What Is Osteoporosis?
Osteoporosis is a disease of the bones that causes bones to become weak and break easily. Osteoporosis affects mostly older women, but prevention starts when you are younger. No matter your age, you can take steps to build bone mass and prevent bone loss. Broken bones from osteoporosis cause serious health problems and disability in older women.
What Causes Osteoporosis?
Bone loss is the amount of minerals, such as calcium, that your body absorbs (takes) from your bones. Bone loss can happen for several reasons. Some of the most common reasons include:
- You do not get enough calcium from food. Your body uses calcium to build healthy bones and teeth and stores calcium in your bones. Your body also uses calcium to send messages through your nervous system, help your muscles contract, and regulate your heart’s rhythm. But your body does not make calcium. You have to get all the calcium your body needs from the foods you eat and drink (or from supplements). If you don’t get enough calcium each day, your body will take the calcium it needs from your bones.
- You are past menopause. As you get older, your bones don’t make new bone fast enough to keep up with your body’s needs. The calcium taken from your bones causes you to lose bone density. Bone loss also speeds up after menopause and can lead to weak, brittle bones.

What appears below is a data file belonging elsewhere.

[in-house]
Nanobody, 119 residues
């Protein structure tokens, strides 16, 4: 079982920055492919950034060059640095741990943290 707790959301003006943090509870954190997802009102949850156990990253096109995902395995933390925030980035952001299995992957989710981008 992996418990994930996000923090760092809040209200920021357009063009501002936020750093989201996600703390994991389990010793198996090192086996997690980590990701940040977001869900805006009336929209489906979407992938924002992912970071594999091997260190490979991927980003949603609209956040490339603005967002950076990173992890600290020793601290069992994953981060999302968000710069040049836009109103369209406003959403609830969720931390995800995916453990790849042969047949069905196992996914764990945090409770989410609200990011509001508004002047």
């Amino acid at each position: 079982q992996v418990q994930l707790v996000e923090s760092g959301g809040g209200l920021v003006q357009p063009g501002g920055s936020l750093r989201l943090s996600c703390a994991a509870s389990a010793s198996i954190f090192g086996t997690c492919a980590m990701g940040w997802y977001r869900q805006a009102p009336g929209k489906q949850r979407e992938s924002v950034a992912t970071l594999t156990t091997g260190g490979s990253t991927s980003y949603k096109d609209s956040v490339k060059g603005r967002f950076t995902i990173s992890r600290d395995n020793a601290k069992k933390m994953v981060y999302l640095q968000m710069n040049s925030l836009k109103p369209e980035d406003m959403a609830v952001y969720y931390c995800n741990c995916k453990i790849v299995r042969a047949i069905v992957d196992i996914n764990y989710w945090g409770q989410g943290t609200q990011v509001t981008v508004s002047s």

Who Is At Risk?
Women are more likely to get osteoporosis because:
- Women usually have smaller, thinner, less dense bones than men.
- Women often live longer than men. Bone loss happens naturally as we age.
- Women also lose more bone mass after menopause with very low levels of the hormone estrogen. Higher estrogen levels before menopause helps protect bone
Osteoporosis is most common in older women, but younger women can get it too, so girls and women of all ages need to take steps to protect their bones. Your risk for osteoporosis is higher if you:
- Are past menopause. After menopause, your ovaries make very little of the hormone estrogen. Estrogen helps protect bone density. Some women lose up to 25 percent of bone mass in the first 10 years after menopause.5
- Have a small, thin body.
- Have a family history of osteoporosis.